Tattoos May Change The Way You Sweat: Study

It might be best to skip red ink.

Getting a tattoo is a very personal choice. The reasons for getting one may range from commemorating a loved one or pet, to marking a special occasion or meaningful motto, to just wanting to get something cool stamped permanently on the body.

And according to a recent Harris poll, roughly half of American millennials have one, as do 36 per cent of Gen Xers.

But a new report suggests that there are some health concerns related to getting a tattoo. The study, published by the National Center for Biotechnology Information, found that tattoos may interfere with the way our skin sweats.

Study co-author Maurie Luetkemeier, a professor of physiology at Alma College in Michigan, noted that this sweat interference could affect people who have extensive tattoos (especially on the back, arms, or other areas that have a lot of sweat glands) or tattoo sleeves, but doesn't seem to affect those who have only one or a couple of tats.

"You look at someone in the military, where tattoos are very prevalent, and if they’re exposed to high heat and a heavy workload, there could be thermoregulatory problems," Luetkemeier said.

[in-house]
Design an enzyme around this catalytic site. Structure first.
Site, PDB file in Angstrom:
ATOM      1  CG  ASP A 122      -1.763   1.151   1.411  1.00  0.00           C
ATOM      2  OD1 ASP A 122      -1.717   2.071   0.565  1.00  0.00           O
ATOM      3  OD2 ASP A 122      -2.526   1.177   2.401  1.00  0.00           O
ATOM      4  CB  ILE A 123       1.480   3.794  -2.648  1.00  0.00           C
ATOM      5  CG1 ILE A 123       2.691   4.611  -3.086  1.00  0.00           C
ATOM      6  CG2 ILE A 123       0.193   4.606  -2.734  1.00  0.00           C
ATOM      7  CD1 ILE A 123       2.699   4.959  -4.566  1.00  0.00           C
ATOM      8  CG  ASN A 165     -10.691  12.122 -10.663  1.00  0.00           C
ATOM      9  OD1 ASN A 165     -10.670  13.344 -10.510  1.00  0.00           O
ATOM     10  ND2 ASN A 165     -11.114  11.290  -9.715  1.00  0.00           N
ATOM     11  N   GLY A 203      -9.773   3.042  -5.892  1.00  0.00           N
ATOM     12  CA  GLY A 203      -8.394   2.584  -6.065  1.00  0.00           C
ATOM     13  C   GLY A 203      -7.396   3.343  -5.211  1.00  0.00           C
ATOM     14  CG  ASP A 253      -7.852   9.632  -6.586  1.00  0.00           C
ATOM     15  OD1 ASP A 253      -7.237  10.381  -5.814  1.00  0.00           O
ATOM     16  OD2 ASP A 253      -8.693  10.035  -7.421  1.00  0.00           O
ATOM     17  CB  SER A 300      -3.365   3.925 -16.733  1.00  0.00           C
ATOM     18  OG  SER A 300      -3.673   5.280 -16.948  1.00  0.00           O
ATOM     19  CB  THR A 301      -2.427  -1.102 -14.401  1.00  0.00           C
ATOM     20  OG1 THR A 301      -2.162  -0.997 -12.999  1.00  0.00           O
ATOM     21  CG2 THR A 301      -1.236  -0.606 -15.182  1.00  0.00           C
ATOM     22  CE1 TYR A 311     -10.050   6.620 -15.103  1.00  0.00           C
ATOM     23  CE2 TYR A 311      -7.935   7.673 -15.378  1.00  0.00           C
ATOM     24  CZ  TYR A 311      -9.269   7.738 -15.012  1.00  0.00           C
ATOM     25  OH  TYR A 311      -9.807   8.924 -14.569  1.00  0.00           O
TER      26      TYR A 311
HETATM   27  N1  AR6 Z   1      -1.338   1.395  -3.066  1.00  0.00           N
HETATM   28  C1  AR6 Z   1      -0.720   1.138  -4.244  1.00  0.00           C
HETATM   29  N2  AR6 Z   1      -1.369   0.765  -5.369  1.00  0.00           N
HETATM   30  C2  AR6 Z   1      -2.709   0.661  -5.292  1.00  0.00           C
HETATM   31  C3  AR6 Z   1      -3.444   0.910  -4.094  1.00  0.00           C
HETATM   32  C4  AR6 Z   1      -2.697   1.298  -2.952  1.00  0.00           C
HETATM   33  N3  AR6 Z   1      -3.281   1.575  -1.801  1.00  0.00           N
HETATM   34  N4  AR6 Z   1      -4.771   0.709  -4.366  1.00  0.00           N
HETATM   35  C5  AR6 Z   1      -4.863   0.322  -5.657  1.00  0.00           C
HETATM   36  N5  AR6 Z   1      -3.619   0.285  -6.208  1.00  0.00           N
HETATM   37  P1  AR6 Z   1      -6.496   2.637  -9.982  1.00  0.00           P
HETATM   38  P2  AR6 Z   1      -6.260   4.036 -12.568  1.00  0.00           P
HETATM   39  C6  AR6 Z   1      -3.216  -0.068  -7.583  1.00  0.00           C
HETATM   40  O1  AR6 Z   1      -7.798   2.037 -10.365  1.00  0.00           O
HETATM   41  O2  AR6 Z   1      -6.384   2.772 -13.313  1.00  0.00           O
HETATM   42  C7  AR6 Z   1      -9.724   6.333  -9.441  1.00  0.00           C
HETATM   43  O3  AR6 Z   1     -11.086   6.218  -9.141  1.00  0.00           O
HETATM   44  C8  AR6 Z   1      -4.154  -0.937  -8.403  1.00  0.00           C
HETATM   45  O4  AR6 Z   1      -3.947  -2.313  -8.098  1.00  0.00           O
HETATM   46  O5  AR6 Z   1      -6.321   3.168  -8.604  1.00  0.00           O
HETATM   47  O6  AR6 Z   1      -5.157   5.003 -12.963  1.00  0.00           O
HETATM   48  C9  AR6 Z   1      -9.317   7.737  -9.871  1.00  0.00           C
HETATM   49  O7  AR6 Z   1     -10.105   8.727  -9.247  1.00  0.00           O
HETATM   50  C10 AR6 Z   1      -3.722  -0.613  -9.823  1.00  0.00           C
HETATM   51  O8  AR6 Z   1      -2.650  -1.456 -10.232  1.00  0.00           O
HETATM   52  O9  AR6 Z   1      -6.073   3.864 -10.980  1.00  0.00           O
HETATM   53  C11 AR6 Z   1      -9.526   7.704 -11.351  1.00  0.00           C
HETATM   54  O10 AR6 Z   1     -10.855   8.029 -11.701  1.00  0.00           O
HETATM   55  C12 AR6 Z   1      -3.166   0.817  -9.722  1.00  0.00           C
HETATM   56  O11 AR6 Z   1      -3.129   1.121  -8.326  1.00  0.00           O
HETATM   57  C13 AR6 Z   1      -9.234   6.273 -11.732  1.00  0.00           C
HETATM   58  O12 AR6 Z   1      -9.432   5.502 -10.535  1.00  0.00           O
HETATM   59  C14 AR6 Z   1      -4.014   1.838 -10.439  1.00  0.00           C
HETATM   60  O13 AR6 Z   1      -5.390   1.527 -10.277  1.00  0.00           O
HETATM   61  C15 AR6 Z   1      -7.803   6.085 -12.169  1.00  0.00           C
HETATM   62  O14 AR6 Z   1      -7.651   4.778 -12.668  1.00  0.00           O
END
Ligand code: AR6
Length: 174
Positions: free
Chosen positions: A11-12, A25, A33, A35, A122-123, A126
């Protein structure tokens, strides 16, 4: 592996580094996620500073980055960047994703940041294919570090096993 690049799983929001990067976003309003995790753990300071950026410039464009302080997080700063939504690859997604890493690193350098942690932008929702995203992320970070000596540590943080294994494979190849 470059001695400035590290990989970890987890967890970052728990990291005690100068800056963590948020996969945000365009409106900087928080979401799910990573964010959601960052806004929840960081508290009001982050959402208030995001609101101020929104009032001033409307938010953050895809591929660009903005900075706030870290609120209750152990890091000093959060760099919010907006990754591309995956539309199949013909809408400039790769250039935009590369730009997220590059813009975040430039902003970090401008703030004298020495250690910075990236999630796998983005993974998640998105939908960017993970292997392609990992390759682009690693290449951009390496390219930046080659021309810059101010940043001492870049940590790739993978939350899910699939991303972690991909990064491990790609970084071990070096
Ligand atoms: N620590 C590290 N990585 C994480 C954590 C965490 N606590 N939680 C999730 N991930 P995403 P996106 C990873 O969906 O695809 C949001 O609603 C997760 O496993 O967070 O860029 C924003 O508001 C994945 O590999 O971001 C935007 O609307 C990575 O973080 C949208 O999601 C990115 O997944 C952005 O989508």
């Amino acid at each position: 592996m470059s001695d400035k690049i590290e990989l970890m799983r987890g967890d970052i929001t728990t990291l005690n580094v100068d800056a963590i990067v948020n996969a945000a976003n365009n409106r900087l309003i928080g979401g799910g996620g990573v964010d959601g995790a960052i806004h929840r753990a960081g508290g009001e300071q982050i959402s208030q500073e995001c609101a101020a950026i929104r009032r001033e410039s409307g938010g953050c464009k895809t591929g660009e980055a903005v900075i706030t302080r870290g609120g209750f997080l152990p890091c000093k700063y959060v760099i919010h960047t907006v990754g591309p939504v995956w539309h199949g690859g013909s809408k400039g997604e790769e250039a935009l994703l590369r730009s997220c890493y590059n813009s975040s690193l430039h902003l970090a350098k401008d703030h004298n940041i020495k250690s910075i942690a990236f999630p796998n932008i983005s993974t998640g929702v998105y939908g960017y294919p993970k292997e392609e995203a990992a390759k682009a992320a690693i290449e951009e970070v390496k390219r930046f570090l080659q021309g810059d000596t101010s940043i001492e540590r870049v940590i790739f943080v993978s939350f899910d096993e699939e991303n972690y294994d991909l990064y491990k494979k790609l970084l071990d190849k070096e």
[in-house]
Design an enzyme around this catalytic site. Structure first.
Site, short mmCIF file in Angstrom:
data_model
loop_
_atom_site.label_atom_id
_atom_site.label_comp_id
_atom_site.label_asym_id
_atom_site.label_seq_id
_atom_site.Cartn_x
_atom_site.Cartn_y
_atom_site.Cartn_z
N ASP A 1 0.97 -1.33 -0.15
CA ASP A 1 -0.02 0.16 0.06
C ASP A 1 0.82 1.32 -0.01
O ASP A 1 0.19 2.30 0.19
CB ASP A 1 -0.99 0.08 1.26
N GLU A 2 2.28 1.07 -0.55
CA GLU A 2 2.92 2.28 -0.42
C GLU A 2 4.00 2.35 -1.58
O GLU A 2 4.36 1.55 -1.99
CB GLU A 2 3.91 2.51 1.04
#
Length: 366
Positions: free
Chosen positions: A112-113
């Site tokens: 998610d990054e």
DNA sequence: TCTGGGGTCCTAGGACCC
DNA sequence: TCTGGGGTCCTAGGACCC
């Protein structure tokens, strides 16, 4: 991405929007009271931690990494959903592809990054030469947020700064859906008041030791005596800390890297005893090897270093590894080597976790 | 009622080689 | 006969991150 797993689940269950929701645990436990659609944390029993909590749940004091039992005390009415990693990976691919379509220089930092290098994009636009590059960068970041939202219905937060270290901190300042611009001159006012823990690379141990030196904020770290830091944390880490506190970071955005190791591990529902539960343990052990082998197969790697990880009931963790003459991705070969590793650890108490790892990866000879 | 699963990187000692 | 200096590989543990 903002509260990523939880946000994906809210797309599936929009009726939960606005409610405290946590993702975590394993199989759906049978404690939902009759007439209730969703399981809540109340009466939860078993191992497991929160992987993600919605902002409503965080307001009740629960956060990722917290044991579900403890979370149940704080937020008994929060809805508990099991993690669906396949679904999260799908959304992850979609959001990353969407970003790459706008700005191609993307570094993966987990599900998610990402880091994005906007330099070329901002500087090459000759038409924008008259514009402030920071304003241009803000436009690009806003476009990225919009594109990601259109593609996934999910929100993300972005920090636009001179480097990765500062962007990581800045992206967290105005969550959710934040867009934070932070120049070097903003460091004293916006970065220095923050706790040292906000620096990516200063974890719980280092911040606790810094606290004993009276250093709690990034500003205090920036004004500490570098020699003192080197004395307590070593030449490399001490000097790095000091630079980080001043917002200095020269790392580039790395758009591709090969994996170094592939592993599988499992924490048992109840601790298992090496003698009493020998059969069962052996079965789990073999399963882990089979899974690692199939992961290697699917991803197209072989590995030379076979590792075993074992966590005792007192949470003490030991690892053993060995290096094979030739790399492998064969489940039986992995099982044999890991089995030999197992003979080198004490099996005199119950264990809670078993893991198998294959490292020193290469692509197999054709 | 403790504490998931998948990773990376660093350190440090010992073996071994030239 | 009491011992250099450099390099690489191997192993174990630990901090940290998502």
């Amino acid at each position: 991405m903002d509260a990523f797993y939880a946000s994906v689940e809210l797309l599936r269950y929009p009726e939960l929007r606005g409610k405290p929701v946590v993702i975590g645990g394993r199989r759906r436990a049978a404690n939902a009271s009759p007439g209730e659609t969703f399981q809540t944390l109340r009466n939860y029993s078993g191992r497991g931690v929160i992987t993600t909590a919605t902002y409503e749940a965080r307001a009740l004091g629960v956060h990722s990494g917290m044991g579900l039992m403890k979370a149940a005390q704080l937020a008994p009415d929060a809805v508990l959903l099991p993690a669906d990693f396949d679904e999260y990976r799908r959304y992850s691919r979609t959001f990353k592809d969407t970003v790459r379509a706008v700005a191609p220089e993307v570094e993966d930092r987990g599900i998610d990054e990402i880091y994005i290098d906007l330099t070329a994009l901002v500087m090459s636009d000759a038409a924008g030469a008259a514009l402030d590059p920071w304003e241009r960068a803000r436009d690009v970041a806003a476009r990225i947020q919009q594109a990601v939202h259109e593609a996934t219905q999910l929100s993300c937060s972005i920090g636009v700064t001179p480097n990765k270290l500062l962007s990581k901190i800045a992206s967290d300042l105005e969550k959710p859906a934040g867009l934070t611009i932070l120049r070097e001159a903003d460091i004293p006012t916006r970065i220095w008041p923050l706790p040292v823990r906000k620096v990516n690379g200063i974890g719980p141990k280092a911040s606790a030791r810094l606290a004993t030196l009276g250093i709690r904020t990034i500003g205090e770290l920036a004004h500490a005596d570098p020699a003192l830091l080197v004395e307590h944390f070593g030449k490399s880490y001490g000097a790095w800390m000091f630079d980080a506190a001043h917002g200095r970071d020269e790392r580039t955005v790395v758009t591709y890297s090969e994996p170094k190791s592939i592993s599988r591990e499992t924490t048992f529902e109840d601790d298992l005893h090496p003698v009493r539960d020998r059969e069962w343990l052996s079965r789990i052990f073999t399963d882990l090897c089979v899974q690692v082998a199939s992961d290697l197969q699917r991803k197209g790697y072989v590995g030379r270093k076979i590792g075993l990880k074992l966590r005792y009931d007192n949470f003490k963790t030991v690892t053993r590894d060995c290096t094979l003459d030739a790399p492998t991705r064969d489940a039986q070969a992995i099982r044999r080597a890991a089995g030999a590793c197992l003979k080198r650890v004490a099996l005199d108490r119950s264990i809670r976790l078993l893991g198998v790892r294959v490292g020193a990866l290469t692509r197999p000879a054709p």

Compared to skin that isn't inked, tattooed skin excretes about 50 per cent less sweat, Luetkemeier also noted. “We also found the sodium in sweat was more concentrated when released from tattooed skin,” he said.

Time reports that, "When your glands produce sweat, the skin tends to reabsorb sodium and other electrolytes from that perspiration before it breaks free" and that the study's findings "indicate that tattoos may partially block this reabsorption."

Time also notes that there have been reports of links between tattoos and melanoma (skin cancer), although such findings are exceptionally rare. In one 2015 case study, a 33-year-old man who had a multi-coloured chest tattoo had malignant melanoma, but only in the areas of the tattoo that were filled with red ink.

There's also the concern that tattoos could hide suspicious markings, making it hard to detect the signs of skin cancer. Dermatologist Dr. Debra Luftman told Nylon, "Tattoo pigment can disguise or cover a mole, freckle, or birthmark, and coloured tattoo ink may make it harder to detect an underlying skin cancer.”

She continued, "A tattoo over a malignant mole may look like the colour of the tattoo, possibly blue, pink, or red, whereas, for comparison, a malignant mole with no tattoo fits the ABC rule, meaning it has asymmetry, an irregular border, and multiple colours, including red, white, blue, and black.”

All of this shouldn't stop someone from getting a tattoo or make them worried about the tattoos they already have, however it's good to do your research before getting inked and ask around for a trustworthy tattoo artist. If you are worried about skin cancer or you think you've found a suspicious mole or bump on your skin, talk to your doctor.

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